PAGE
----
A vision for curing blindness counts on congressional action
The ACA and insurance rate hikes
Dismissing national news of huge health insurance premium increases before a Tennessee audience, President Obama urged people to "stay on your insurance commissioner, pay attention to what they're doing."
Toward what end?
When the Affordable Care Act was before the Senate Finance Committee, those opposing a public option defended the ability of state regulators to control private insurance costs; yet, as Sen. Charles Schumer (D., N.Y.) asked, "If the State Insurance Commissioners are doing such a good job, then why are costs going through the roof?"
Over five years later we might ask the same question.
Control of premium rates was left out of the ACA by design. Following the ACA's passage, the then-Democratic Senate refused to even hear a bill offered by Sen. Dianne Feinstein (D-Calif.) to allow the federal government to block unreasonable rate increases where states cannot.
There is no effective rate review in the largest two states, California and Texas, and in four others, Alabama, Missouri, Oklahoma, and Wyoming.
Last fall, a California ballot measure to allow such review was crushed by over $56 million in health insurer spending, along with allied Democrats like House Minority Leader Nancy Pelosi (Calif.), whose claim that rate review would "kill the Affordable Care Act" was repeatedly aired in insurer ads. Alone among states, the Covered California exchange is keeping proposed 2016 rates secret.
Many governor-appointed insurance regulators hail from the industry that they regulate - an industry to which they return following their political patrons' retirement or defeat. It's not unreasonable to wonder how aggressive such regulators are in controlling costs. A number had even sought waivers from the ACA's modest requirement that 80 percent of individual market premiums go toward medical costs - they viewed a 20 percent margin as too lean.
That last point is telling. Since the ACA passed, for example, the stock for the largest insurer, UnitedHealth Group, has almost quadrupled. Other multi-state insurers, already so much more sophisticated than the state regulators charged with corralling them, are consolidating into even larger behemoths: Aetna is buying Humana for $37 billion, after having devoured Coventry for $5.7 billion, while Anthem is still wooing Cigna after its $47 billion offer was rebuffed. Such mergers enjoy an antitrust exemption based on the antiquated notion state regulation suffices.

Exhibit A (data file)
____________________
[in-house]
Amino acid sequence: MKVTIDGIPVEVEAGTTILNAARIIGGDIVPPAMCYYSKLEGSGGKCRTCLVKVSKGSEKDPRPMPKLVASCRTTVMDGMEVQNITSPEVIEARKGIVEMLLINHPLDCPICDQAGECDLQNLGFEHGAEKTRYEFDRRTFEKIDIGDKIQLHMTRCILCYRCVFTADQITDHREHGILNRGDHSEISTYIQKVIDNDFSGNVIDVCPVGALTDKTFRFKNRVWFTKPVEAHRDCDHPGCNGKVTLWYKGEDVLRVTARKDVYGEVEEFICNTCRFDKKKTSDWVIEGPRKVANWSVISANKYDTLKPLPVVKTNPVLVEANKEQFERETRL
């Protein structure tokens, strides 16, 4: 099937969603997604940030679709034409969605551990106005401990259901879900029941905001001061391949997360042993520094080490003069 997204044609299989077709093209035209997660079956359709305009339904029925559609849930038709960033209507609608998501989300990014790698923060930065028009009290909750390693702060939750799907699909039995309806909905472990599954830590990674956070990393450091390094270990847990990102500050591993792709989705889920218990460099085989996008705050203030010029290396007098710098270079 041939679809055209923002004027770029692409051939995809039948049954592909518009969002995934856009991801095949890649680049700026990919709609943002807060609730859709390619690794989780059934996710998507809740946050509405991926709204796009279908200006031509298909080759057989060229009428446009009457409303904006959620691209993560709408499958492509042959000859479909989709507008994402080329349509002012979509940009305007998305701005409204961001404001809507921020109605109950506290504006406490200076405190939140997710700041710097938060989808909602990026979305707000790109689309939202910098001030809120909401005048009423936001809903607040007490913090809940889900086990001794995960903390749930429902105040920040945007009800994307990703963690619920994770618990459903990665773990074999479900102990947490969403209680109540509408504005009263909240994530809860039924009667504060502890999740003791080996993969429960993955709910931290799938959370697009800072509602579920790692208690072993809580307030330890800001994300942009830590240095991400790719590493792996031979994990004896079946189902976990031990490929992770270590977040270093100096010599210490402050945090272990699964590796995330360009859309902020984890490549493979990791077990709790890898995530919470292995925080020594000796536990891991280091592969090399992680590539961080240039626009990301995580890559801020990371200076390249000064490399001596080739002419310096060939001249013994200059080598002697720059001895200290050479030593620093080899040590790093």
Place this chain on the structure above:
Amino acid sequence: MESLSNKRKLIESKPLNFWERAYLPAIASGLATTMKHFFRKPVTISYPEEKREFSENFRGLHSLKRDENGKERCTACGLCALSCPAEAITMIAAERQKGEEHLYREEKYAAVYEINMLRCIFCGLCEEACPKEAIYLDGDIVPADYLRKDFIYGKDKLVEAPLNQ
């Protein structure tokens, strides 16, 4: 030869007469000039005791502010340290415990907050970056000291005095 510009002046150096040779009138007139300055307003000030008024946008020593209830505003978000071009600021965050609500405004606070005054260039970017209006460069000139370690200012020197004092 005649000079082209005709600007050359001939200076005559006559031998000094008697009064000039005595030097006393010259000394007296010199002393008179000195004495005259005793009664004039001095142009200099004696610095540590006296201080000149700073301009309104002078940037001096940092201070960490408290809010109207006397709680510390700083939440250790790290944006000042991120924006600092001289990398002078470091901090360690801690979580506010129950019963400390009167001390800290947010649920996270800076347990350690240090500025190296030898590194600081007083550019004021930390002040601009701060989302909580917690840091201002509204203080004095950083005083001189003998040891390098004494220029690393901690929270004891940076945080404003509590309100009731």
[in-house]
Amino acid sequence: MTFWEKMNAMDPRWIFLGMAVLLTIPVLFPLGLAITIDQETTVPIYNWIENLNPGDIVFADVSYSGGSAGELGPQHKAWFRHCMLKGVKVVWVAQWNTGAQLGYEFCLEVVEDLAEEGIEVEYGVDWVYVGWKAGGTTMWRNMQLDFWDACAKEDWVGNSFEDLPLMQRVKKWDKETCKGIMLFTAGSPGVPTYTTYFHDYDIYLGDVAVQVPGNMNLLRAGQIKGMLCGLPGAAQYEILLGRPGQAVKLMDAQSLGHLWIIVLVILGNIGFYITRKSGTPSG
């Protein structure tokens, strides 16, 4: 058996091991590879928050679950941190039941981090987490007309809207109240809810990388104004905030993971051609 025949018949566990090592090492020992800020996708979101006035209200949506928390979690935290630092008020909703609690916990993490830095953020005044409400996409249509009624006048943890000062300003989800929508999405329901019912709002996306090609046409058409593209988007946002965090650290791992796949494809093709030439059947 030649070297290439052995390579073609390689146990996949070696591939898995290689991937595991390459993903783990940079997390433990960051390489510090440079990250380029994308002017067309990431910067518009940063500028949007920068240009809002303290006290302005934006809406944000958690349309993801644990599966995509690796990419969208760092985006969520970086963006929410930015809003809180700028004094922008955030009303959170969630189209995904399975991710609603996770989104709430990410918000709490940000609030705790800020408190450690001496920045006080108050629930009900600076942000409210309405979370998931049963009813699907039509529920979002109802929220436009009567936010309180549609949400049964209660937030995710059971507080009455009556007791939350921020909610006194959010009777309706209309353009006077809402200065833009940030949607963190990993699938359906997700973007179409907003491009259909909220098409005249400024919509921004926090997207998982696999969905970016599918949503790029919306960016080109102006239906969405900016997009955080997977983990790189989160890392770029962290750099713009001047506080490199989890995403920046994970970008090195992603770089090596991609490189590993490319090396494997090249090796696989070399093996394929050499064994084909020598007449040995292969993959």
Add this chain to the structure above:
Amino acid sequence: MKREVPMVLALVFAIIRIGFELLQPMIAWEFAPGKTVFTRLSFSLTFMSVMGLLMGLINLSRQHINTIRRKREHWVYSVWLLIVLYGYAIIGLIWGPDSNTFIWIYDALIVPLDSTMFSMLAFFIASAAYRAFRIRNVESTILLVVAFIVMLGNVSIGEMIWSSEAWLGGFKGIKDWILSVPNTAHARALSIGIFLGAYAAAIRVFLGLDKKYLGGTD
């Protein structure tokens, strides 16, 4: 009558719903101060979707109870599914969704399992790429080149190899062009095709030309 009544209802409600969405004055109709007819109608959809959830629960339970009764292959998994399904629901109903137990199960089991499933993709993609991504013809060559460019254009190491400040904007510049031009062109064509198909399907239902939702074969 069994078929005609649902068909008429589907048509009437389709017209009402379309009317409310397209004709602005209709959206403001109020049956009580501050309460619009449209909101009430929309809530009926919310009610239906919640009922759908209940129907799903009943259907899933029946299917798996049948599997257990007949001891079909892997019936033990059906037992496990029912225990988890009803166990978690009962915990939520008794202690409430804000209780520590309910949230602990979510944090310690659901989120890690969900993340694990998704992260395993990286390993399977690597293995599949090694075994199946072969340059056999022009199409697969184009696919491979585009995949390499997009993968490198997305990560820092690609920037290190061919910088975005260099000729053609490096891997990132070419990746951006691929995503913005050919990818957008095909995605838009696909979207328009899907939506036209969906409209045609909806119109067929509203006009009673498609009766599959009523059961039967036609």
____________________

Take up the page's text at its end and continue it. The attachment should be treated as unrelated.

Having been allowed by compliant regulators to narrow networks, and charge deductibles that have some paying $6,600 just to access care, it's logical insurers are now moving toward higher premiums. The fact that 2016 is a presidential election year will silence Democrats unwilling to acknowledge the ACA's shortcomings, though they must wince in recalling the fate of former Sens. Mark Begich (D-Alaska) and Kay Hagan (D-N.C.), defeated after news of 2015 premium increases, 37 percent and 13.5 percent respectively, by their states' dominant carriers.
Furthermore, there are many instances where increases are warranted because of President Obama's improvident, belatedly-kept, promise that consumers could keep pre-ACA health plans. Where state regulators allowed them to do so, healthy consumers stayed put - which meant exchange offerings aggregated populations with costly medical needs. Thus, in a state with aggressive rate review like Oregon, the insurance commissioner has already approved a 25 percent increase for the largest exchange plan and 33 percent for the second-largest.
For two years Obama pretended premium rates are the only health insurance costs that matter - ignoring high deductibles or out-of-network costs to which the much-ballyhooed ACA tax subsidies are inapplicable. If premiums go up, it's a failure attributable to the architecture of the ACA, not the foreseeable failures of state regulation.
Williams, a Washington attorney, is a former deputy insurance commissioner and author of a book on the ACA.